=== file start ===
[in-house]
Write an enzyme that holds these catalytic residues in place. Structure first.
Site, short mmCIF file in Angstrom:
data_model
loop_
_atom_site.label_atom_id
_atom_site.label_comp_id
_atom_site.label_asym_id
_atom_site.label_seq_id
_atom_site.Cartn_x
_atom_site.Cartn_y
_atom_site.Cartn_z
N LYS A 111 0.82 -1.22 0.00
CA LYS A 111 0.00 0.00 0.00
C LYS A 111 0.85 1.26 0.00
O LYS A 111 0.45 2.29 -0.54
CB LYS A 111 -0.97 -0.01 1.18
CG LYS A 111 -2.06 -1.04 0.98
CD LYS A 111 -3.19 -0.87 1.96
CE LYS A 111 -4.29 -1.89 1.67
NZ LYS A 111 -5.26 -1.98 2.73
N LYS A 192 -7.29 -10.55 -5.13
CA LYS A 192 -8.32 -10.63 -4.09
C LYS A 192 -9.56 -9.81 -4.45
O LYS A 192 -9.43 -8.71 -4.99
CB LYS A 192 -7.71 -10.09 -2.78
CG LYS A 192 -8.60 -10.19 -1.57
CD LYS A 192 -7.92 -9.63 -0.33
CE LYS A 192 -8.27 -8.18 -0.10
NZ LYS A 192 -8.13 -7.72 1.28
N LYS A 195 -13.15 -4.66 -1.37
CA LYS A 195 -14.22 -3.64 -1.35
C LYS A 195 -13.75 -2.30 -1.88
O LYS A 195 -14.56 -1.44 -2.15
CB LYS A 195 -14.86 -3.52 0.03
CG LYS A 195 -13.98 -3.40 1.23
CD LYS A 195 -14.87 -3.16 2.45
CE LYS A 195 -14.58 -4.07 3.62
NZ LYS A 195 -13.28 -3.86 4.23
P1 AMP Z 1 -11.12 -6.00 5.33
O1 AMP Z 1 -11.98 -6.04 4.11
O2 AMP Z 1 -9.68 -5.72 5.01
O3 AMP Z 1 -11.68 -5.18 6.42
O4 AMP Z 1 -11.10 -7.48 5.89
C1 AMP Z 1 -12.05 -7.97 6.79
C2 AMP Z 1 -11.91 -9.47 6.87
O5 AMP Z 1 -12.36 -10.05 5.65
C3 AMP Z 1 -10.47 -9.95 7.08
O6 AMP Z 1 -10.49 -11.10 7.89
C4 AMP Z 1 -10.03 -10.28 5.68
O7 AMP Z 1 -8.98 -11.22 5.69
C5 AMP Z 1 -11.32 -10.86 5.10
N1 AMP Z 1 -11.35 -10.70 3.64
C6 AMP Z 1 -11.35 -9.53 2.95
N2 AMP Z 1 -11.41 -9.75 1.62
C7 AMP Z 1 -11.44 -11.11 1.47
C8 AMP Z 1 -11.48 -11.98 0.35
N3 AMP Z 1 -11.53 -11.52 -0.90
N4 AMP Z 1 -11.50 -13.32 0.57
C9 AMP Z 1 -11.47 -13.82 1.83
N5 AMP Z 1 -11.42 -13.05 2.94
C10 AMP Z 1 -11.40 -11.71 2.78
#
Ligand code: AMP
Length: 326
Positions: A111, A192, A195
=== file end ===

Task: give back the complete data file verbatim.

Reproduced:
[in-house]
Write an enzyme that holds these catalytic residues in place. Structure first.
Site, short mmCIF file in Angstrom:
data_model
loop_
_atom_site.label_atom_id
_atom_site.label_comp_id
_atom_site.label_asym_id
_atom_site.label_seq_id
_atom_site.Cartn_x
_atom_site.Cartn_y
_atom_site.Cartn_z
N LYS A 111 0.82 -1.22 0.00
CA LYS A 111 0.00 0.00 0.00
C LYS A 111 0.85 1.26 0.00
O LYS A 111 0.45 2.29 -0.54
CB LYS A 111 -0.97 -0.01 1.18
CG LYS A 111 -2.06 -1.04 0.98
CD LYS A 111 -3.19 -0.87 1.96
CE LYS A 111 -4.29 -1.89 1.67
NZ LYS A 111 -5.26 -1.98 2.73
N LYS A 192 -7.29 -10.55 -5.13
CA LYS A 192 -8.32 -10.63 -4.09
C LYS A 192 -9.56 -9.81 -4.45
O LYS A 192 -9.43 -8.71 -4.99
CB LYS A 192 -7.71 -10.09 -2.78
CG LYS A 192 -8.60 -10.19 -1.57
CD LYS A 192 -7.92 -9.63 -0.33
CE LYS A 192 -8.27 -8.18 -0.10
NZ LYS A 192 -8.13 -7.72 1.28
N LYS A 195 -13.15 -4.66 -1.37
CA LYS A 195 -14.22 -3.64 -1.35
C LYS A 195 -13.75 -2.30 -1.88
O LYS A 195 -14.56 -1.44 -2.15
CB LYS A 195 -14.86 -3.52 0.03
CG LYS A 195 -13.98 -3.40 1.23
CD LYS A 195 -14.87 -3.16 2.45
CE LYS A 195 -14.58 -4.07 3.62
NZ LYS A 195 -13.28 -3.86 4.23
P1 AMP Z 1 -11.12 -6.00 5.33
O1 AMP Z 1 -11.98 -6.04 4.11
O2 AMP Z 1 -9.68 -5.72 5.01
O3 AMP Z 1 -11.68 -5.18 6.42
O4 AMP Z 1 -11.10 -7.48 5.89
C1 AMP Z 1 -12.05 -7.97 6.79
C2 AMP Z 1 -11.91 -9.47 6.87
O5 AMP Z 1 -12.36 -10.05 5.65
C3 AMP Z 1 -10.47 -9.95 7.08
O6 AMP Z 1 -10.49 -11.10 7.89
C4 AMP Z 1 -10.03 -10.28 5.68
O7 AMP Z 1 -8.98 -11.22 5.69
C5 AMP Z 1 -11.32 -10.86 5.10
N1 AMP Z 1 -11.35 -10.70 3.64
C6 AMP Z 1 -11.35 -9.53 2.95
N2 AMP Z 1 -11.41 -9.75 1.62
C7 AMP Z 1 -11.44 -11.11 1.47
C8 AMP Z 1 -11.48 -11.98 0.35
N3 AMP Z 1 -11.53 -11.52 -0.90
N4 AMP Z 1 -11.50 -13.32 0.57
C9 AMP Z 1 -11.47 -13.82 1.83
N5 AMP Z 1 -11.42 -13.05 2.94
C10 AMP Z 1 -11.40 -11.71 2.78
#
Ligand code: AMP
Length: 326
Positions: A111, A192, A195